I almost forgot about my favourite line from yesterday’s QPAT convention keynote speaker, Alfie Kohn.
He said it as I was leaving the room so it didn’t end up in my not-live blog post but I just found the page where I scribbled it as I was making my way to my car:
The whole can not be reduced to the sum of its rubricized parts!
For a long time now I have been sceptical of the whole rubric frenzy. Must have a rubric, must have a rubric. Why? Why should we tell kids exactly what our expectations are and in such minute detail? I call that a creativity killer. Give them some parameters. If you are expecting the result to be some kind of multimedia presentation let them know that, give them the guiding question, maybe a few resources to get them going, to raise the velcro in their brains, but then let them experiment!
Let them show me what they can do without spelling it out for them. Rubrics lower the bar for our students. It is telling them that we do not trust they can do anything worthwhile without our providing them with all of the pieces. Kids will rise to the bar we set for them whether it be high or low.I like to push the limits of height.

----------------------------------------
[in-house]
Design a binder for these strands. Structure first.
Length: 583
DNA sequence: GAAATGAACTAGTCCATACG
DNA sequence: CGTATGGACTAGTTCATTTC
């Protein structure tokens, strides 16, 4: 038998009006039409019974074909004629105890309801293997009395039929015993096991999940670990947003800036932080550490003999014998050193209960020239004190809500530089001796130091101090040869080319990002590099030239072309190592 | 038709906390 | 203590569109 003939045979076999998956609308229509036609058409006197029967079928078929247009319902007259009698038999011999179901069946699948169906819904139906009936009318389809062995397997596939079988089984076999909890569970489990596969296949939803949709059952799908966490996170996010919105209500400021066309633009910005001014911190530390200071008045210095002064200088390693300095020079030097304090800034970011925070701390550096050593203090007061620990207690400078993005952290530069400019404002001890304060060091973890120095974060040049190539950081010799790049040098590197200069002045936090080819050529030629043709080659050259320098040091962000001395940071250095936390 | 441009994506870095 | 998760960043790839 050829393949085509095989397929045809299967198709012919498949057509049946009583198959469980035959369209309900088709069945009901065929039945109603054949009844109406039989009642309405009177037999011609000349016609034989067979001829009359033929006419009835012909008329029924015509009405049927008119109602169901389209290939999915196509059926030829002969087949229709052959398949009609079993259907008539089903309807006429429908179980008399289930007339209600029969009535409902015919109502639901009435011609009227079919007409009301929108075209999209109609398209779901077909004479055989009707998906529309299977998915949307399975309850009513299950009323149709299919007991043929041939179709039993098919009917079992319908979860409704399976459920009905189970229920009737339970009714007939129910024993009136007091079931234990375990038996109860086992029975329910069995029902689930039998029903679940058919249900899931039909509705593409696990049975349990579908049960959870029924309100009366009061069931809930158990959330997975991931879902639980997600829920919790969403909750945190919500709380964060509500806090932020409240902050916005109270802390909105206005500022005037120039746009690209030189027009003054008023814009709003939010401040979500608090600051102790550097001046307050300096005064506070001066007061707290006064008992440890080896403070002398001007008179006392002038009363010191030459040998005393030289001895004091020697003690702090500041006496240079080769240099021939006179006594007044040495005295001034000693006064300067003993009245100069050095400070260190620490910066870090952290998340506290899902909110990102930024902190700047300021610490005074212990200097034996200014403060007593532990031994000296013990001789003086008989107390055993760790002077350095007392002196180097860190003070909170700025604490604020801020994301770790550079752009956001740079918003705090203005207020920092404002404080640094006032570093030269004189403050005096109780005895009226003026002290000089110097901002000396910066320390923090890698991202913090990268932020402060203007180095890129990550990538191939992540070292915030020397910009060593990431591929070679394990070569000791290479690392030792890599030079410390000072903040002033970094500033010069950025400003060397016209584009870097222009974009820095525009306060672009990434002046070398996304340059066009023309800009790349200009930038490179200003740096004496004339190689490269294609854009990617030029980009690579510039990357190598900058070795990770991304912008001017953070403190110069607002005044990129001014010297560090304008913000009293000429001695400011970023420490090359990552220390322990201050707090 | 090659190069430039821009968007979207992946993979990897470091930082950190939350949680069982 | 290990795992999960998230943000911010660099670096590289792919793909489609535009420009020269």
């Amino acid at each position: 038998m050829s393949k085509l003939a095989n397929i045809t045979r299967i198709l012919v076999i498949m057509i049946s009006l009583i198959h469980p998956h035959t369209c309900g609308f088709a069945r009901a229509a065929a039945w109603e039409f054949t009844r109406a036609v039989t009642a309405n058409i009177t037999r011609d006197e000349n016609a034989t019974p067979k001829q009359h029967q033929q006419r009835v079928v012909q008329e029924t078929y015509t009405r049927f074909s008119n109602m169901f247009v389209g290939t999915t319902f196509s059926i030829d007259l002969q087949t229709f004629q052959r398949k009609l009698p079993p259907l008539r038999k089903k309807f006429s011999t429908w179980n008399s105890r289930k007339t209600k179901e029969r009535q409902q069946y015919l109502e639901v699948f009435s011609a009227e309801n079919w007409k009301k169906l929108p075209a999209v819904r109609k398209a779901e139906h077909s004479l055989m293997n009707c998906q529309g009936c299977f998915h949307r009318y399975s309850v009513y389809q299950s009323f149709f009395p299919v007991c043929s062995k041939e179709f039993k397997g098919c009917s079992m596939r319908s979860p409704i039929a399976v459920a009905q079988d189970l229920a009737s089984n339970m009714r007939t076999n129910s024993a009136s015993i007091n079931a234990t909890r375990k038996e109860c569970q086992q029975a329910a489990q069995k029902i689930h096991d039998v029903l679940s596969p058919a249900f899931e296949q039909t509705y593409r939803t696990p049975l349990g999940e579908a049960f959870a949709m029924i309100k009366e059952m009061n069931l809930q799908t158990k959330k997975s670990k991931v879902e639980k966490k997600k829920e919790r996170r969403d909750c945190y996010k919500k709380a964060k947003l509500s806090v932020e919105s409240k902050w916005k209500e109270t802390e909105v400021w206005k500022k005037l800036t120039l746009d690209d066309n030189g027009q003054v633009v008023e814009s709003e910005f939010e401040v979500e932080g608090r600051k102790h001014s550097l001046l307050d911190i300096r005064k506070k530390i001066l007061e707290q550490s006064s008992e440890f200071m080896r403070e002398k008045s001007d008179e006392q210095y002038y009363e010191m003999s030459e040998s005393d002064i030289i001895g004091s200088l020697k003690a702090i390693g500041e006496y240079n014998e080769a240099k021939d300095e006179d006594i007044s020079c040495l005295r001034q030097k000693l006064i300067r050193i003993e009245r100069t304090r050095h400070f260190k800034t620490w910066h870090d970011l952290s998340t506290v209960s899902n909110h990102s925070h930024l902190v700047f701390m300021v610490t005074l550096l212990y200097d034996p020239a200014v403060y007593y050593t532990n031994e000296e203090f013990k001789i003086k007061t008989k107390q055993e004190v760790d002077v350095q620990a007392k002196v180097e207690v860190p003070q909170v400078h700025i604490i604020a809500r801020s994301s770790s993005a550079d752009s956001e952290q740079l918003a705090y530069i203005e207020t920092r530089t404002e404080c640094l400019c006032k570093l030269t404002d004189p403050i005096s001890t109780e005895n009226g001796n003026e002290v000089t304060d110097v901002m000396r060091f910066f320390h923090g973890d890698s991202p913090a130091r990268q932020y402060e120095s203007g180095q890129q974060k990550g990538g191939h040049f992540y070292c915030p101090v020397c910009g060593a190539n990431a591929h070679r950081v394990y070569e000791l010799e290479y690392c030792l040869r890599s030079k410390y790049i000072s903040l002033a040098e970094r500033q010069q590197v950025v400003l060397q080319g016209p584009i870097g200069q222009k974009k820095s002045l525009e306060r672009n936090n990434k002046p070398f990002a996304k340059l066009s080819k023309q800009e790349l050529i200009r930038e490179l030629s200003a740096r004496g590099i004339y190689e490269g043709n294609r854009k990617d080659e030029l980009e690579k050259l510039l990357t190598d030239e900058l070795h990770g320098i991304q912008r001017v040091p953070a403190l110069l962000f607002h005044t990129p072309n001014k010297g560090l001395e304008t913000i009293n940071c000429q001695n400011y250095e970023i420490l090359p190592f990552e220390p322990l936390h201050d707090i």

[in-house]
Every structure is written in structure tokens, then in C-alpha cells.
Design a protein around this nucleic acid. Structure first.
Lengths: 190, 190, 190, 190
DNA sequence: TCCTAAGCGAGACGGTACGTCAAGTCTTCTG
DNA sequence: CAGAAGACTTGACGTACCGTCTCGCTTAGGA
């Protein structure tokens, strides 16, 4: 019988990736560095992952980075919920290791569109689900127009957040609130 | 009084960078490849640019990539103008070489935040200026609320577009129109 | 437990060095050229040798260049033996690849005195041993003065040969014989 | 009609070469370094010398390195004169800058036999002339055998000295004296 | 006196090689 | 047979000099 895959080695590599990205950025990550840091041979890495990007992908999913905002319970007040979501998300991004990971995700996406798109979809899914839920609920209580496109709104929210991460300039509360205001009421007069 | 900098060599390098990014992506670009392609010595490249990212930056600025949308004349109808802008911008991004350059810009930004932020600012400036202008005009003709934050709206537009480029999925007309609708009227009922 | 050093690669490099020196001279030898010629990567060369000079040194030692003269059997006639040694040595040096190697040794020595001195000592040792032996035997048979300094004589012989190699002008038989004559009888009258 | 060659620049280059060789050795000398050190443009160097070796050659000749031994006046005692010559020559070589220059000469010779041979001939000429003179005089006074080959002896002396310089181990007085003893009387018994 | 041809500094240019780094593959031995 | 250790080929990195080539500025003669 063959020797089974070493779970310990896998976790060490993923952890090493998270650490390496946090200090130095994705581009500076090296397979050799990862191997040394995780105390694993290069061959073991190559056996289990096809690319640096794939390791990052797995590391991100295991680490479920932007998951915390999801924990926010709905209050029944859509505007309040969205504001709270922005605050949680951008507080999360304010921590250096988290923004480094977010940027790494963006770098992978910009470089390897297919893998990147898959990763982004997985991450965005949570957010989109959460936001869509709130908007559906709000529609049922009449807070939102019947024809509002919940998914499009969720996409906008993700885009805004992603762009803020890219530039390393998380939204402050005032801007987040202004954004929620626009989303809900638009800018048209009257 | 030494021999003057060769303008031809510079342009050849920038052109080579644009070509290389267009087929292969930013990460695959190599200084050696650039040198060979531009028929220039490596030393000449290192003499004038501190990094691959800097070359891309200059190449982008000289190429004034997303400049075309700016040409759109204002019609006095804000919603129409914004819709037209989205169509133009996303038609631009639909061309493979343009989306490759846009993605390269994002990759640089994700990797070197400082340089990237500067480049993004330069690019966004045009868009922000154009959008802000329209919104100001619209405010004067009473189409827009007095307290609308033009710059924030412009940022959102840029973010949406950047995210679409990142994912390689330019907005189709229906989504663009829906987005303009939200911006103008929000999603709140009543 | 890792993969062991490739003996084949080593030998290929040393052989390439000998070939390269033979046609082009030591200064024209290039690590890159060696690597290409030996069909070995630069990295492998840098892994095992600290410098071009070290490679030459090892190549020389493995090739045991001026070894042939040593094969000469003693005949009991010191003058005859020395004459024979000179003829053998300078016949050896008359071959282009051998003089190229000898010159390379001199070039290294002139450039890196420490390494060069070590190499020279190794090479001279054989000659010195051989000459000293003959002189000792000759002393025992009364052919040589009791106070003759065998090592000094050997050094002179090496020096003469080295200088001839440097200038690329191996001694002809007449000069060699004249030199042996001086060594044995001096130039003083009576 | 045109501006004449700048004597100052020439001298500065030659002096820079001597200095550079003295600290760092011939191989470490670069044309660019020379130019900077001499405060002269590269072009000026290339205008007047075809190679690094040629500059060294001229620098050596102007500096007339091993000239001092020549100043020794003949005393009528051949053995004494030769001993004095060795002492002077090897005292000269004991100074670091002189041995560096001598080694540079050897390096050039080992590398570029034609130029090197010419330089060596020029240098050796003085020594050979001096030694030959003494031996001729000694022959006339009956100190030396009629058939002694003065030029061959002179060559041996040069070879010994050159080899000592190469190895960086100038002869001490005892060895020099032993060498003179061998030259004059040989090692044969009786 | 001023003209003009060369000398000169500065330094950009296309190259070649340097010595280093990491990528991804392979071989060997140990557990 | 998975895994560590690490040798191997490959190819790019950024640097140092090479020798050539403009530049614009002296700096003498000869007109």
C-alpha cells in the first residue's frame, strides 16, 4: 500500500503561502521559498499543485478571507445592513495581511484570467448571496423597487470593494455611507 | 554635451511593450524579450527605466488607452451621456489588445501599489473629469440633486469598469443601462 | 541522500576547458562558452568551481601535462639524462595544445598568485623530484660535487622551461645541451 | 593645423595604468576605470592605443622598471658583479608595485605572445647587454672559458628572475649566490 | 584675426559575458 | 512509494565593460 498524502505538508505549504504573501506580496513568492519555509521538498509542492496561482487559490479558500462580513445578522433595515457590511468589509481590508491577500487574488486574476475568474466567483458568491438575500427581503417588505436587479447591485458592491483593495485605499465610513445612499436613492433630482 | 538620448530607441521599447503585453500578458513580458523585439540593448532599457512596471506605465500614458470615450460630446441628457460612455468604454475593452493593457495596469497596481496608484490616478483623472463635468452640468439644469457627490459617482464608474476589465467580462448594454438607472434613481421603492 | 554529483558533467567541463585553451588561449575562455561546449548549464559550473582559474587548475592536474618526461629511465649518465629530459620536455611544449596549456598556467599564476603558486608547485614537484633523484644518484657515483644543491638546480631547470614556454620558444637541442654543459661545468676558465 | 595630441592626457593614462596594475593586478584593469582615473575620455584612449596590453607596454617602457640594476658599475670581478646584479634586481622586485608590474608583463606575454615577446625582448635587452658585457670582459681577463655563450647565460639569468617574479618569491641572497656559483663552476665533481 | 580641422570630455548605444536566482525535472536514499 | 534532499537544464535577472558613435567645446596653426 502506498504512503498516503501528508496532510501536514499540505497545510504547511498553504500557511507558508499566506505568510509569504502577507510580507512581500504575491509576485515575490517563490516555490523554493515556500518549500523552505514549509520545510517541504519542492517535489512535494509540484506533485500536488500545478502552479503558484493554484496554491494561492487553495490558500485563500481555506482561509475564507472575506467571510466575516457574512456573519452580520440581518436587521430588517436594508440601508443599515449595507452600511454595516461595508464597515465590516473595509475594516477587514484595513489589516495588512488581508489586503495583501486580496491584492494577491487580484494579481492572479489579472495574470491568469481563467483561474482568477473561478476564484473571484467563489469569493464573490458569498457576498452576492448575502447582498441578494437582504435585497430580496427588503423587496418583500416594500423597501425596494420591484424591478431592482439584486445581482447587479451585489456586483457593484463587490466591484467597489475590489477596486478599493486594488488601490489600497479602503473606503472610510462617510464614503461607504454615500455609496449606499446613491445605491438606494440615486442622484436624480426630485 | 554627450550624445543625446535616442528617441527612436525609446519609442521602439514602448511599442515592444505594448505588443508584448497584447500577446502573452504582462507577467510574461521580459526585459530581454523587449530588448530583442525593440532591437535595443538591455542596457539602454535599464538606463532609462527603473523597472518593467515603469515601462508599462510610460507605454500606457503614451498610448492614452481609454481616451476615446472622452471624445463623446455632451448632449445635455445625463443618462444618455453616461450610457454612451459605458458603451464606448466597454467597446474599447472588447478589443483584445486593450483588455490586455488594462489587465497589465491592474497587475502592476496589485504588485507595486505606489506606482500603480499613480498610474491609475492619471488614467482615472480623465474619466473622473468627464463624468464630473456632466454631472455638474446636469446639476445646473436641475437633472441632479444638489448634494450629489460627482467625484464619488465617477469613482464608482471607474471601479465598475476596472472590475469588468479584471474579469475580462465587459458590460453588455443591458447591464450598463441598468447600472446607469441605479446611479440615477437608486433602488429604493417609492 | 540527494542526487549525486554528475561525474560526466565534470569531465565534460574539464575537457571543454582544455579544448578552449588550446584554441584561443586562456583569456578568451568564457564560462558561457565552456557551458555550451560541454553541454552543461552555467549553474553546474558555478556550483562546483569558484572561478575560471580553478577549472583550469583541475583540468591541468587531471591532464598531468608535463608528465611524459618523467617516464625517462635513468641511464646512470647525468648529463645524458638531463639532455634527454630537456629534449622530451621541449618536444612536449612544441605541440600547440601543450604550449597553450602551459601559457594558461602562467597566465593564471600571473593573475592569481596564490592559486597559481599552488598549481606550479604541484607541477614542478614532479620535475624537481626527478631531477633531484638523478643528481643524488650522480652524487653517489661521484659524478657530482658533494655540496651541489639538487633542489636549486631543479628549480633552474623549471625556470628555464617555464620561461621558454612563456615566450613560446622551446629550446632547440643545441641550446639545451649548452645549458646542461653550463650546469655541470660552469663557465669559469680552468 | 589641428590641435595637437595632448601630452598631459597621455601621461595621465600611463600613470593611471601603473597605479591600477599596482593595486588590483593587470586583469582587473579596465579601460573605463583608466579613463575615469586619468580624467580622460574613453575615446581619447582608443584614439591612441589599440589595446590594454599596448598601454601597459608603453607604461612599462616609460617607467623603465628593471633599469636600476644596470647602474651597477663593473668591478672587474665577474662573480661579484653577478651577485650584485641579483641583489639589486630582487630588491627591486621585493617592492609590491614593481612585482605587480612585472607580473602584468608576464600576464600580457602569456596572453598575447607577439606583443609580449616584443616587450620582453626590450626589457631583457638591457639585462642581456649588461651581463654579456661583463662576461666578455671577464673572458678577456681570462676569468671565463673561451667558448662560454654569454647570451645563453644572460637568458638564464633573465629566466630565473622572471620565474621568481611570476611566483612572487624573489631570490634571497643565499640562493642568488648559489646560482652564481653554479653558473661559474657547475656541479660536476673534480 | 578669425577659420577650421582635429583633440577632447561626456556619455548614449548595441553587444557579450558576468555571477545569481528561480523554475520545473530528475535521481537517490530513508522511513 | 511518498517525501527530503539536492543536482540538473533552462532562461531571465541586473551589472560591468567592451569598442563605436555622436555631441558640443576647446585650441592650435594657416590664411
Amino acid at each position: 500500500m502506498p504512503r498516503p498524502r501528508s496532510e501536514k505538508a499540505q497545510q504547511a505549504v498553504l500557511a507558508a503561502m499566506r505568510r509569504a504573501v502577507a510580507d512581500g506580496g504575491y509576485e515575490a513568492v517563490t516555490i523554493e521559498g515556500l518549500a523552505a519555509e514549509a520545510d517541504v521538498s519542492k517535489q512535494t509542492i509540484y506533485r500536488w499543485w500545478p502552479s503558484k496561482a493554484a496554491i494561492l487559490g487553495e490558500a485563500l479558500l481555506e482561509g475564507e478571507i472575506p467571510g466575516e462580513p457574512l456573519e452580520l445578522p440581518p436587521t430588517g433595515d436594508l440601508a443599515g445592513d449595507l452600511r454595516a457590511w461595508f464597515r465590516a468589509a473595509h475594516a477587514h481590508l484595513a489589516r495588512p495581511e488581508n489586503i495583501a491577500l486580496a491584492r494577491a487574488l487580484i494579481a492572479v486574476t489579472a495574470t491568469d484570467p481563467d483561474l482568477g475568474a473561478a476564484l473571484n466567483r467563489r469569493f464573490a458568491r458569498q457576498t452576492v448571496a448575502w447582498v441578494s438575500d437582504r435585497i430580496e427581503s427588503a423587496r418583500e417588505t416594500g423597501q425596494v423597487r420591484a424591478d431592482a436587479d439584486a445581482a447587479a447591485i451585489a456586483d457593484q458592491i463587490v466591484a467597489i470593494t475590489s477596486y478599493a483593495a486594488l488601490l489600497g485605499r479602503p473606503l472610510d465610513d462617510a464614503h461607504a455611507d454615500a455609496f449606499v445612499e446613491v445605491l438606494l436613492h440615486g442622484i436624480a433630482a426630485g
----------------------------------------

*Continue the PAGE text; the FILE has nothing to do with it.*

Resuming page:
A line that I find myself quoting on a regular basis is
Why do anything unless it is going to be great. (Peter Block)
I try to instill this in my students. They ask – why do I have to use proper letter-writing style elements in history when I write a letter to the King of France as a character from New France in 1665 offering ideas for how to stimulate population growth in the new colony? This is history, not English! I answer, why do anything unless it is going to be great?
I insist on learning with this philosophical slant. That being said, I better get to my readings. I have a paer due next week on an aspect of education for Native kids in Canada. I need to do some more reading so I can write a great paper.